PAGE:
Sunday, April 29, 2012

Meeting with Kirsten Childs

Kirsten Childs, the Director of Facilities Planning & Interior Design for Croxton Collaborative Architects, is joining our class tonight to share with us her sustainability agenda. The soft-spoken woman comes around to exchange a handshake and a warm introduction. She has been involved in the initial development of the LEED rating program and her work in the field of sustainability has been recognized nationally and internationally. Her architecture company now stands as a pioneer in the field of sustainable design and was responsible for the renovation of the century old National Audubon society building back in 1991, a model of environmental architecture and design. Childs points out that the concept of “sustainable design” did not exist during this project and it was difficult to name the new approach of designing with the environment in mind.

The designer starts the dialog discussing the circadian cycle and how paramount it is to design for people to have access to daylight and the seasons. Her approach to any project starts with “the givens”:  the existing environment, solar orientation, wind orientation, waterways, local fauna & flora.

She describes how an interior designer’s role is to enhance human well-being, thermal comfort and daylight. These are paramount concerns in the design of our built environment. Therefore the transient pattern of sunlight in relation to the building is a main instrument in her design approach. As an advocate of Biophilic design, I could not agree more.

To illustrate her point, the designer reviews a few projects she has worked on including the gut renovation of a bankrupt “big box” store, turned into Library- community center. To optimize the site assets and opportunities, the once unsustainable shopping center was totally reclaimed to address two important needs of the town:  the first one being the restoration of the biodiversity of the land and water. The second being the need for the community to flourish and for children and adults to meet, relax, read, and study. I wish we had more great examples like this one showing the real potential at the fate of consumerism era giants.  I personally rejoice in the idea of seeing the end of fake cheap shopping.  As we all know, there is no such thing as cheap and eventually we must pay the price for “everyday-low-price” consumption. We are beginning to see this now with the lack of durability in our products that need to be replaced frequently, or the environmental disasters we frequently experience today due to our overuse of “cheap” oil.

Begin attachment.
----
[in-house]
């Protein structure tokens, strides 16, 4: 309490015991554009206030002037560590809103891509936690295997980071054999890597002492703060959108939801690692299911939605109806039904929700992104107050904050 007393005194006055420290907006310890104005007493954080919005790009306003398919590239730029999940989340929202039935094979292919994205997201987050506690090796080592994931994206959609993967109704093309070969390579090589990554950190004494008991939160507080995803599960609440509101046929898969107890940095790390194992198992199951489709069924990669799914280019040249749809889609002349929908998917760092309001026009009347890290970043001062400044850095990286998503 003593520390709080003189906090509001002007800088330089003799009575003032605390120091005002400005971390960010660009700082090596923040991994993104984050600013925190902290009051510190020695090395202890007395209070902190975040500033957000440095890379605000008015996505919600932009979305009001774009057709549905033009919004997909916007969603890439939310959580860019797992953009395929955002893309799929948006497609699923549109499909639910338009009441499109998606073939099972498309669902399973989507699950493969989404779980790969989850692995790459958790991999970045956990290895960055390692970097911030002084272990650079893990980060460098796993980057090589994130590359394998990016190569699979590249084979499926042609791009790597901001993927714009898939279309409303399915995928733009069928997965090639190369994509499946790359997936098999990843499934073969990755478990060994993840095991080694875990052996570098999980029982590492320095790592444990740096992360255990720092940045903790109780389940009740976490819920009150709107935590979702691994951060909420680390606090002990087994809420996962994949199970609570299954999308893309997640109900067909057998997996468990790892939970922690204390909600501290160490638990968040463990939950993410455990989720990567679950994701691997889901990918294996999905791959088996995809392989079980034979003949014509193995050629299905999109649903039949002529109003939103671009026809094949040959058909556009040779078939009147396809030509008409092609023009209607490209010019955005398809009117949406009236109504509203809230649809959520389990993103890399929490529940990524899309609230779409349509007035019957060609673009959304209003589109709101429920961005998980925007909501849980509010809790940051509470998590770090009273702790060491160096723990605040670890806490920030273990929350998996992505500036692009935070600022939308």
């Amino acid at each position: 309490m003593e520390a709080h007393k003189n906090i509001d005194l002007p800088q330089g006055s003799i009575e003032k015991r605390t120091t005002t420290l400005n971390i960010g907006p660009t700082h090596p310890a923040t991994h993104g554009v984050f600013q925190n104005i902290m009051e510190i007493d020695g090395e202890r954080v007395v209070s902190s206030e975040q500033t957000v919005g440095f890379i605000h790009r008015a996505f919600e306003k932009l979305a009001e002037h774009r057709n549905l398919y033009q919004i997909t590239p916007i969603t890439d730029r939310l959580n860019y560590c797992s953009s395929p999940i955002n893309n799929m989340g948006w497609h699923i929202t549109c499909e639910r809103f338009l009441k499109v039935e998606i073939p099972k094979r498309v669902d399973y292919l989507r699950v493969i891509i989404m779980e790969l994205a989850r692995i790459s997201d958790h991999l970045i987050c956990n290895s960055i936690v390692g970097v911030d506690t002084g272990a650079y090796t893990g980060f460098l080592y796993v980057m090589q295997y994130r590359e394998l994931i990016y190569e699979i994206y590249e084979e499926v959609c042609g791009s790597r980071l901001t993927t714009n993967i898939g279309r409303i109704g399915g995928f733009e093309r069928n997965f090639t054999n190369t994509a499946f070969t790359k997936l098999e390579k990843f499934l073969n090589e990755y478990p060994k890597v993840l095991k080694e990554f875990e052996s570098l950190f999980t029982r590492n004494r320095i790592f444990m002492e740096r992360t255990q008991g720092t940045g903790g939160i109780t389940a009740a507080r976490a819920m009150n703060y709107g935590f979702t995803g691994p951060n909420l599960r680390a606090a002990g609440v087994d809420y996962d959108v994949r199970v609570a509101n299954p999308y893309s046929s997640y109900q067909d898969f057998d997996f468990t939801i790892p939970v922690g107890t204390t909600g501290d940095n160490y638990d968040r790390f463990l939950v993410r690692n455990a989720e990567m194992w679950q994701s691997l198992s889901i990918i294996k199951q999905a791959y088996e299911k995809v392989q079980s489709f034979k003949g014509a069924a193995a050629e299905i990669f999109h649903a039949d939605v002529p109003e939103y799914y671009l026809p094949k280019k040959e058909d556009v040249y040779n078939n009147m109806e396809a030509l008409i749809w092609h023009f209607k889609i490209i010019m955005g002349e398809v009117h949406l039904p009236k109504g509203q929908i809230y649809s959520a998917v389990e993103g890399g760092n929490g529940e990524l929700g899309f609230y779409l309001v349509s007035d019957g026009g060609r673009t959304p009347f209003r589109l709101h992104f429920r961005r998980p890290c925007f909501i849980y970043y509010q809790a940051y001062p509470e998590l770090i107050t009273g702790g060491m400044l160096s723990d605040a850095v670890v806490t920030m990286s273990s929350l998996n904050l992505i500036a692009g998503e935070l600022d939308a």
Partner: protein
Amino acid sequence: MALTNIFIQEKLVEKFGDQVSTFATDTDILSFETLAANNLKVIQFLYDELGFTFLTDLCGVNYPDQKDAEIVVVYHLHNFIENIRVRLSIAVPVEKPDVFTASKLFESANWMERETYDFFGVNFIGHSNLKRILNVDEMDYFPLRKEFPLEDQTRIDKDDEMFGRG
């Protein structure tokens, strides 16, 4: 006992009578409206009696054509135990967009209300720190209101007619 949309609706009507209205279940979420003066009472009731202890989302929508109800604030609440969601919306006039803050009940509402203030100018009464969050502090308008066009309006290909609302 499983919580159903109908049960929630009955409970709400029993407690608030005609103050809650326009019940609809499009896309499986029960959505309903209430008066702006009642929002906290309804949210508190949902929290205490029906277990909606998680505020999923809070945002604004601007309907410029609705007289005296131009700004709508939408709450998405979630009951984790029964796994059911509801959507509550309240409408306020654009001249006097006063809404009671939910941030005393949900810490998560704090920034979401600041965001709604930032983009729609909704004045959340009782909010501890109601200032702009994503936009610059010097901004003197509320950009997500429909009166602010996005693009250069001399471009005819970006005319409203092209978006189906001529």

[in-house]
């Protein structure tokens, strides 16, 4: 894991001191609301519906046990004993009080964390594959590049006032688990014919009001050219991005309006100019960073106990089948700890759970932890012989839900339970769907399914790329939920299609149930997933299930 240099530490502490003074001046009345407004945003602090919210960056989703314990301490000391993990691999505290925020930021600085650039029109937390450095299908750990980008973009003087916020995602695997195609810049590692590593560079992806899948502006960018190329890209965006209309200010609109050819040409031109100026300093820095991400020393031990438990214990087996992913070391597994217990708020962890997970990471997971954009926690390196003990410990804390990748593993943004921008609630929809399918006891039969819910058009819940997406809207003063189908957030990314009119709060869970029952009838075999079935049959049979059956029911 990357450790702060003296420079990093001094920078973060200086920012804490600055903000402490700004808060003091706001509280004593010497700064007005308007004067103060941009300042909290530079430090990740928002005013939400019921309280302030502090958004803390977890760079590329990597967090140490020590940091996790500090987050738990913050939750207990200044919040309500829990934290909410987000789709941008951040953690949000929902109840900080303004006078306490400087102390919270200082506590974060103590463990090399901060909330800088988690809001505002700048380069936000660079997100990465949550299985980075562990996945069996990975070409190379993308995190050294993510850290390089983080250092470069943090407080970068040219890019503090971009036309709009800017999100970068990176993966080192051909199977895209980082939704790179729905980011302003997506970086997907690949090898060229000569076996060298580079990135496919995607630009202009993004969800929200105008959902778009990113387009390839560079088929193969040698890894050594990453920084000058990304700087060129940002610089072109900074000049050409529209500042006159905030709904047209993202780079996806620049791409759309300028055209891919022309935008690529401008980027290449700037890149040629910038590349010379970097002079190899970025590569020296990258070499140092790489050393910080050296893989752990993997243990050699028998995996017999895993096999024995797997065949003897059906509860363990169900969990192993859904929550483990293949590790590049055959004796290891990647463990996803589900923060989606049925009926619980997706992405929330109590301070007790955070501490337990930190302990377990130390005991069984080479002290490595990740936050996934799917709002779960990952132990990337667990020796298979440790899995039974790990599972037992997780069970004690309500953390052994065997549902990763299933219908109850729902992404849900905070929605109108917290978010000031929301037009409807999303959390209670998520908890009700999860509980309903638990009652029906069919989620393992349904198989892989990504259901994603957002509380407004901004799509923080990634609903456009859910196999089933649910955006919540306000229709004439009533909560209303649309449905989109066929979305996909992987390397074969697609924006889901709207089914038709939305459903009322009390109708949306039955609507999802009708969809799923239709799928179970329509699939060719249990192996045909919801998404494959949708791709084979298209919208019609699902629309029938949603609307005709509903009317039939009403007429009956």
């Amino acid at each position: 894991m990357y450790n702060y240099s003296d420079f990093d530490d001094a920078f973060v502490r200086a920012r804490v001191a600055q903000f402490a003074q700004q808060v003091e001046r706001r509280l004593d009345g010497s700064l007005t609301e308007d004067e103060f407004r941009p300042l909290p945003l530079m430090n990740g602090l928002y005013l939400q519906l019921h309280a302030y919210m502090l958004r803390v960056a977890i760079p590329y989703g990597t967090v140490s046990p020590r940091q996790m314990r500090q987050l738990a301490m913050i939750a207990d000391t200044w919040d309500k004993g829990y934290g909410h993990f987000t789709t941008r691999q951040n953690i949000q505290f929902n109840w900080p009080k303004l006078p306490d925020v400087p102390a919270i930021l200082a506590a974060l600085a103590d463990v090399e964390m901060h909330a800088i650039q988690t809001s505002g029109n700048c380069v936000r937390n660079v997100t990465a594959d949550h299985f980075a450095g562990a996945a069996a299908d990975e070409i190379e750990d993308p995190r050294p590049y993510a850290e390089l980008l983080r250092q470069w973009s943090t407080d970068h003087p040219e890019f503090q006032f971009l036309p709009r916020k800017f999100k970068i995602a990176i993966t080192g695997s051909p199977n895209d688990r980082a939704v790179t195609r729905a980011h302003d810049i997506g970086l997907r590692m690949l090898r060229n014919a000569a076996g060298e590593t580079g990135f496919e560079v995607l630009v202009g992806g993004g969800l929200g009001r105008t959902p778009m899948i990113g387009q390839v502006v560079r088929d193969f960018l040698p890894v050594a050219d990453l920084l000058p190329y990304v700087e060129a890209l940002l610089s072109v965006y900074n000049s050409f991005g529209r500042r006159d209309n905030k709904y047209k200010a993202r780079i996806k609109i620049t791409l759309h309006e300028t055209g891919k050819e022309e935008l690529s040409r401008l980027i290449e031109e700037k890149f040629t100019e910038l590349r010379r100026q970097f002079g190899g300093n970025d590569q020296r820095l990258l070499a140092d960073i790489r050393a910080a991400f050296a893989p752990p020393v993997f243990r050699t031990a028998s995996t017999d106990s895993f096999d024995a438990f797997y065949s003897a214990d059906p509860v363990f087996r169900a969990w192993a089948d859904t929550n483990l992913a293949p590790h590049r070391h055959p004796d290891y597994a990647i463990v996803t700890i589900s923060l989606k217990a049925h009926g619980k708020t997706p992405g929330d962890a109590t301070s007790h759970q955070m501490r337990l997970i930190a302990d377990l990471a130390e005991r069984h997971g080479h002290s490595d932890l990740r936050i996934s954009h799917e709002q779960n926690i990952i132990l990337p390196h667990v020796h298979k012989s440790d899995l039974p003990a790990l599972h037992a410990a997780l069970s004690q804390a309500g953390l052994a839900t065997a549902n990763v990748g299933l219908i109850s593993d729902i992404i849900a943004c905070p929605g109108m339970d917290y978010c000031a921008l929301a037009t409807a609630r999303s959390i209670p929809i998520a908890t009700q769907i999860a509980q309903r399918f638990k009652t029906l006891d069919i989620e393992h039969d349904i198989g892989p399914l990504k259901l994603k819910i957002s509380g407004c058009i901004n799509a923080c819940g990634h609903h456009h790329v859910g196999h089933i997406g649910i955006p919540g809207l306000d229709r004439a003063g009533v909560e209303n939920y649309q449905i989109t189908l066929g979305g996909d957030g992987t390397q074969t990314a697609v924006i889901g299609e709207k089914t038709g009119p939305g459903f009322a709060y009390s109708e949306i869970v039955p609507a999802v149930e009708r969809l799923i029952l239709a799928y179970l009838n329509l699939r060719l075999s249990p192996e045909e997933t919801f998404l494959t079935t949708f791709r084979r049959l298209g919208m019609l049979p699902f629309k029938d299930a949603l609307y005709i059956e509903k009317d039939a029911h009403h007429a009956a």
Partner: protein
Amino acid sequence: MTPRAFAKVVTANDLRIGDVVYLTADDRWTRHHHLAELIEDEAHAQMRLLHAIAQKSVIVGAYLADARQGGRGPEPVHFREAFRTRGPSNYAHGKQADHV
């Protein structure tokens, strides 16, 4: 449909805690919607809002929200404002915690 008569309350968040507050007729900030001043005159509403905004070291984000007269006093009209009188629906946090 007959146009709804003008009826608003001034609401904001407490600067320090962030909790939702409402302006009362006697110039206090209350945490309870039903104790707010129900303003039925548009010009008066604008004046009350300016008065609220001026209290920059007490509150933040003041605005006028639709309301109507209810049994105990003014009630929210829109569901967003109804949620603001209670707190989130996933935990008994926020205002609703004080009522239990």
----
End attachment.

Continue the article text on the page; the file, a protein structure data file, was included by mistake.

While Childs points out the importance of safeguarding endangered species, potable water resources, as well as enhancing indoor environmental quality and daylight access, she also has a holistic approach to design. Her method of designing in the built environment raises questions such as: Can it be built on a compromised land? How can I maximize the natural asset of the site? What is the cultural and historic significance of the place?

To conclude her presentation she reminds us of not only the importance of LEED but also the necessity of humane design. She believes that the ­­­successes of these concepts usually does not depend on architects but on interior designers and WE are the ones who must take a stand to achieve such design. 

Well... Thank you Ms. Childs for taking a stand for us!

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